After visiting with an Alberta author who has written a book about Jack the Ripper, I went geocaching out around the outskirts of Cherry Grove. My first find I thought would be car related because the title was car themed. I am still not sure why it had Matchbox in the title because the cache itself was a camouflaged canister, but I found it after a few minutes of searching near a fence. I have been near this area before; in the spring, the fields nearby are covered with Canadian geese. But now with the snow, all I found was a gigantic piece of a jaw bone. It was outside the fence, not inside. One person I know thought it might be from a cow or moose. Another person thought it might be from a horse. Either way, it’s there for the next geocacher to spot. I liked this geocache because it brought me close to an area I like to drive past, and the log looked liked it had been eaten. There was a huge bite out of it.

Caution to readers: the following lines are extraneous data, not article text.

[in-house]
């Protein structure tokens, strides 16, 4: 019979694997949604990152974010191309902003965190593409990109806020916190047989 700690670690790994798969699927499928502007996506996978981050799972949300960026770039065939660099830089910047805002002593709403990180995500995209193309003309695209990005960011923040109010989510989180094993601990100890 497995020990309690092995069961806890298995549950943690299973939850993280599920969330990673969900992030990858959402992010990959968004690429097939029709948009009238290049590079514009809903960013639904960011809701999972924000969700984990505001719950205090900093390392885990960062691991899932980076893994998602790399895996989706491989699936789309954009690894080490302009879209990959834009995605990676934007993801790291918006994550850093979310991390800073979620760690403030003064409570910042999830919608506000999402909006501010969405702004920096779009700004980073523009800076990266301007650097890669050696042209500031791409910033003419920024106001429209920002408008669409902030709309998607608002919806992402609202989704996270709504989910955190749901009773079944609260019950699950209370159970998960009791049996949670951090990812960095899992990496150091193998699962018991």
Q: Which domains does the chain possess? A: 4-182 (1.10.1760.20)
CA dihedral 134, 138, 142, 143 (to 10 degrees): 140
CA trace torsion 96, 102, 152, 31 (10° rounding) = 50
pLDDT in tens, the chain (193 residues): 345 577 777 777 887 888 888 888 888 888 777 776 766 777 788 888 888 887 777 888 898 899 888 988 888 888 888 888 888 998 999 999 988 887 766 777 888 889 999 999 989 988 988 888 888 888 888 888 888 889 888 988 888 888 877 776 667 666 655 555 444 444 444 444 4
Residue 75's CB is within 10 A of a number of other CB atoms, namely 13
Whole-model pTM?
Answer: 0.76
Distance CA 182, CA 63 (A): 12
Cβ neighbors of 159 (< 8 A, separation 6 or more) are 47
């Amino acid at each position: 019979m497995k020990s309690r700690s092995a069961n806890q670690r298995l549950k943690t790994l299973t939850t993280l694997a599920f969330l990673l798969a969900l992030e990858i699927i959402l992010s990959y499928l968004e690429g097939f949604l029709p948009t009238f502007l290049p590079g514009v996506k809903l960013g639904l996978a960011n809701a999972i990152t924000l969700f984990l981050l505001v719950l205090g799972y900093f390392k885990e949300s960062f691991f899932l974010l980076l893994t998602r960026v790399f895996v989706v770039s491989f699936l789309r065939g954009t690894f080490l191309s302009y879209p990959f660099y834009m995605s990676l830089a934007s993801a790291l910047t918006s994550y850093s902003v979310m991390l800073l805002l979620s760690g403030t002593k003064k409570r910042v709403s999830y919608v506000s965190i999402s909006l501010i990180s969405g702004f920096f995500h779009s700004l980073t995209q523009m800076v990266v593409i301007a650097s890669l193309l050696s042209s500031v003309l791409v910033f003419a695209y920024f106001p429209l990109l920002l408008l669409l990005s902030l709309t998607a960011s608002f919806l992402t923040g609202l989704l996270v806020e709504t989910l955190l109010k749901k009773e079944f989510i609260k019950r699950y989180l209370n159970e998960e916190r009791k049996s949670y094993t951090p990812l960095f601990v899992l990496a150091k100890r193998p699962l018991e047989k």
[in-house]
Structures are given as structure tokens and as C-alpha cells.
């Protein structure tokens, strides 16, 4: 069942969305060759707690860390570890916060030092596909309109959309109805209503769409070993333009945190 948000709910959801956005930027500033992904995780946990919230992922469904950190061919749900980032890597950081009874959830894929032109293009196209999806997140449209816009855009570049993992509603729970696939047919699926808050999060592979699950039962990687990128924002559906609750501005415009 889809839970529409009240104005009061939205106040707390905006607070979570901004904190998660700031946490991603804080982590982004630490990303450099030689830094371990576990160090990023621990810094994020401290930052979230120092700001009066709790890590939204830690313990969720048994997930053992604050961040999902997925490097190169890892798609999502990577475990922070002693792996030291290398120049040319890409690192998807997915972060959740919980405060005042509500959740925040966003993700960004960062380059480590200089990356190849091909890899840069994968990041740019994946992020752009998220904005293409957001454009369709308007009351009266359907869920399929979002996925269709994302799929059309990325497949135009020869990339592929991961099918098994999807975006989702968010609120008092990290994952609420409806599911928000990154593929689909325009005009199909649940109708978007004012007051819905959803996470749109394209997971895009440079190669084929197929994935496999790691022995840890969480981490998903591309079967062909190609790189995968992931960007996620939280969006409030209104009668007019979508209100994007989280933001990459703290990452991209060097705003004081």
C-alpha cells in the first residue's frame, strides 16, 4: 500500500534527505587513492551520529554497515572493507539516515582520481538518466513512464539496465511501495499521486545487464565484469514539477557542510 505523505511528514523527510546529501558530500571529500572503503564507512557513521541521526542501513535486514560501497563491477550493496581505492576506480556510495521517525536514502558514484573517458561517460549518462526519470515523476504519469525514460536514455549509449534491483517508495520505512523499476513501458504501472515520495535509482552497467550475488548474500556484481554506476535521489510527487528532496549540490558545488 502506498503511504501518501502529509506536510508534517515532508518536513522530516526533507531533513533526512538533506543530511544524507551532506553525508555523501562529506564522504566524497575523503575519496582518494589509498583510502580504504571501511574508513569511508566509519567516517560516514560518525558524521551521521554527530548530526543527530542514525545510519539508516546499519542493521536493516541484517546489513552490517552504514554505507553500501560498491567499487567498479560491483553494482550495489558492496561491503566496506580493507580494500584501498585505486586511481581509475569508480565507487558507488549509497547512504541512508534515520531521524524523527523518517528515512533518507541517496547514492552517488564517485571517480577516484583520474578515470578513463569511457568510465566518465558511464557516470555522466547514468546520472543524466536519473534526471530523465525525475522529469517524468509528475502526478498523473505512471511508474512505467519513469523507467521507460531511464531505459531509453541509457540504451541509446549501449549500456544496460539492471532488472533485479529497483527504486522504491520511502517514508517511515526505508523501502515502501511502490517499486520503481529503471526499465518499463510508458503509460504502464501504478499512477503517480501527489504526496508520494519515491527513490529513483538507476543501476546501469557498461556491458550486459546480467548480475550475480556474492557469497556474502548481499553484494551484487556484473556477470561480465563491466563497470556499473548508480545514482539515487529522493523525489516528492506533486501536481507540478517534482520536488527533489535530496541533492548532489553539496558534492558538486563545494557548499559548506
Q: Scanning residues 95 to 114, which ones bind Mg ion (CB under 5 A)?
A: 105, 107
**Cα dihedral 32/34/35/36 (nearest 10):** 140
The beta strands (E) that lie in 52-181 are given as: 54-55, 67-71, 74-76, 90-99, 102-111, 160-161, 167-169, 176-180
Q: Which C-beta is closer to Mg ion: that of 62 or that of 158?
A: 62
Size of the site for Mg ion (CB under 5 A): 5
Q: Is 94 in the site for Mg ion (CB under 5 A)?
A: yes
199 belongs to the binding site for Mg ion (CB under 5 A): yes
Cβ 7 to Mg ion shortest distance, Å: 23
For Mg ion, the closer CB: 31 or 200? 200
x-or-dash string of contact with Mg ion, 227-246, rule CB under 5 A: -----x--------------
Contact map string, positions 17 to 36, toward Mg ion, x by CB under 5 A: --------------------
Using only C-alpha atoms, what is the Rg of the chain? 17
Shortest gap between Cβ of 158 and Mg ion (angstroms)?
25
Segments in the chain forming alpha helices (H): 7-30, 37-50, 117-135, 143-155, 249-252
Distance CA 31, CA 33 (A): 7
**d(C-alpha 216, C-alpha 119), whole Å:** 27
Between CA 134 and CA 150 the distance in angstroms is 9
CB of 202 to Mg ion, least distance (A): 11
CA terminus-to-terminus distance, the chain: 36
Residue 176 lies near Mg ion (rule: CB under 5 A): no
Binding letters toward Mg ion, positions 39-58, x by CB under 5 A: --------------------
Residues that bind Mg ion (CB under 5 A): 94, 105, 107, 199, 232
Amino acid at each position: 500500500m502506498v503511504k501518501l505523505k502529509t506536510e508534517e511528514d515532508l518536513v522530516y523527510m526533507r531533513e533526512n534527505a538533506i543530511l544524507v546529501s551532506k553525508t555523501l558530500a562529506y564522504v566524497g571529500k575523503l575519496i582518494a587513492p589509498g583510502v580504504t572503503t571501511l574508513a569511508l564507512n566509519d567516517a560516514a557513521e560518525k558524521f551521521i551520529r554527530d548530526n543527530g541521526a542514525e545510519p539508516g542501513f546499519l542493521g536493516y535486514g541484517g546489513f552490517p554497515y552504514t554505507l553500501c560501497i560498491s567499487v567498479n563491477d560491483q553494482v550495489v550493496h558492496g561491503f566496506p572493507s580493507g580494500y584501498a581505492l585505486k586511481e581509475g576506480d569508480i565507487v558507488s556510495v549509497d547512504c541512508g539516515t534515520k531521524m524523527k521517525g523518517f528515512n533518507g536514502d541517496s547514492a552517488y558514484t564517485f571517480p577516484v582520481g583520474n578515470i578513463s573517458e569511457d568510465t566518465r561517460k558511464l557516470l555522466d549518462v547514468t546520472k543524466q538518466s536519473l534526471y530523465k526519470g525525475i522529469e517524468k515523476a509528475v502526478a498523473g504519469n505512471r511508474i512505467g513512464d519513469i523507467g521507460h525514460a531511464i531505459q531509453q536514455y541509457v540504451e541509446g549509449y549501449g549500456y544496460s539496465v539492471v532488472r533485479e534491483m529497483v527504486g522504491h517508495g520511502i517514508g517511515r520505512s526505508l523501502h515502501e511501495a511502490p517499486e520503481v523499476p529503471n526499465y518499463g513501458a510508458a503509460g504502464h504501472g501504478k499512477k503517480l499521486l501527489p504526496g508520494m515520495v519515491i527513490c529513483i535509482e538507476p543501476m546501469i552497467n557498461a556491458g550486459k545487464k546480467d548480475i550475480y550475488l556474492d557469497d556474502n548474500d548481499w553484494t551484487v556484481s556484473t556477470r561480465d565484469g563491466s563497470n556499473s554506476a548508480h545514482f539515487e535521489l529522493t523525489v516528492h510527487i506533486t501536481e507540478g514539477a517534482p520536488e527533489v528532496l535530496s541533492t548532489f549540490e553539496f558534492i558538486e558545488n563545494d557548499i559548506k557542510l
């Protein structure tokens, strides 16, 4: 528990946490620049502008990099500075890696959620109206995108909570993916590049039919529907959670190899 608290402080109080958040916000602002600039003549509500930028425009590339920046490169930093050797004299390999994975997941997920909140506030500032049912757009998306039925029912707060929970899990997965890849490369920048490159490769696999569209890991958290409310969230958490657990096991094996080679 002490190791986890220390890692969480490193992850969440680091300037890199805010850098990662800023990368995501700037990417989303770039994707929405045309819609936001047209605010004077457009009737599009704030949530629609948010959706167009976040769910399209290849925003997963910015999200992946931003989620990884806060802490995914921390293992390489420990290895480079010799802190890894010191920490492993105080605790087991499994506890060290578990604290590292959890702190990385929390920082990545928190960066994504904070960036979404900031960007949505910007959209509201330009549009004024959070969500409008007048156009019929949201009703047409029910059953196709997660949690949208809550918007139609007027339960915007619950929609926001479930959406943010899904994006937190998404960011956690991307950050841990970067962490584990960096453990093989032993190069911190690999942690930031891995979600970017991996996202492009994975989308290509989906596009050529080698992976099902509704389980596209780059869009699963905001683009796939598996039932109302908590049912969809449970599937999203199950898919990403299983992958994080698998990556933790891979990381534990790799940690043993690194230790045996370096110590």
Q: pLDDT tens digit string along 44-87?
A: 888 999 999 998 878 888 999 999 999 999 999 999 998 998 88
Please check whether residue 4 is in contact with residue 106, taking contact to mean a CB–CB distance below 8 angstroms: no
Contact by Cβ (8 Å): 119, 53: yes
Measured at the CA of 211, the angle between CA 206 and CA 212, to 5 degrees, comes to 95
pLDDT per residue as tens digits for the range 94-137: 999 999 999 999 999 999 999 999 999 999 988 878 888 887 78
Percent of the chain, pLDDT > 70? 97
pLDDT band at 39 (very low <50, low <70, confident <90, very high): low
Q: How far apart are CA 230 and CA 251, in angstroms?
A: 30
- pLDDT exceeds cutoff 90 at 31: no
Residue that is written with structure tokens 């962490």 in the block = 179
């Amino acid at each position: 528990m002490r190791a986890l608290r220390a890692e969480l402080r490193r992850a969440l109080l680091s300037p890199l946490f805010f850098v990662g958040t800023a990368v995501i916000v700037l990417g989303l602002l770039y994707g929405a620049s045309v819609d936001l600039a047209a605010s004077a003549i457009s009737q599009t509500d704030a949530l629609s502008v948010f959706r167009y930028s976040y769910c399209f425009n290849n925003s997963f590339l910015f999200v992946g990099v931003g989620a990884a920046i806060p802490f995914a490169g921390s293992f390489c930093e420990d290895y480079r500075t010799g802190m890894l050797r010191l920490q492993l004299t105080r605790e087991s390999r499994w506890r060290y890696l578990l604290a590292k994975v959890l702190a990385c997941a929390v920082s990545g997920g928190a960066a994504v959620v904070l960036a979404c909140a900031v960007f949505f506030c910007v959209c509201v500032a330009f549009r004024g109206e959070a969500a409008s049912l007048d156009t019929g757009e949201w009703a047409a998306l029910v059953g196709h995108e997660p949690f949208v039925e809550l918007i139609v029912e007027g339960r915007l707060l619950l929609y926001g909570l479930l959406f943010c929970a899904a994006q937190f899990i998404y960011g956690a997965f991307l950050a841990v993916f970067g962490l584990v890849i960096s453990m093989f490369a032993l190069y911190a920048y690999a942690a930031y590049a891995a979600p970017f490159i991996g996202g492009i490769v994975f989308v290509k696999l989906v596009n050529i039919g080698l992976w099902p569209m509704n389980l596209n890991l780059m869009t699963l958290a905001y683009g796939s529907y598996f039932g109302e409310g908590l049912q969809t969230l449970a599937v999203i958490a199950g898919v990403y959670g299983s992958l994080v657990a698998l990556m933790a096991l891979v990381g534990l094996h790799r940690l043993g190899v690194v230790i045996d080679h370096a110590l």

My second set of coordinates took me onto a curved road with a view of a grassy path. Now, I was worried about this one because it was called Pooh Tree. There were some comments that had me wondering what I would be routing around in, but I found what I needed to find, almost by accident. It was on the ground, under dead-fall. I was heading out of the thistley area because I had given up, and that is when I saw some black duct tape. I got dirty opening him, but inside was a log container I never seen before. I am shocked I got the rolled up paper out by just using my fingers. I felt pretty good after finding this one because the last person to log the cache was back in July 2016. I often think of the owner of the cache when I log the find because they get a notification it’s been found. So I feel those good feelings they gave me are reciprocated by me letting them know I found their hidden treasure.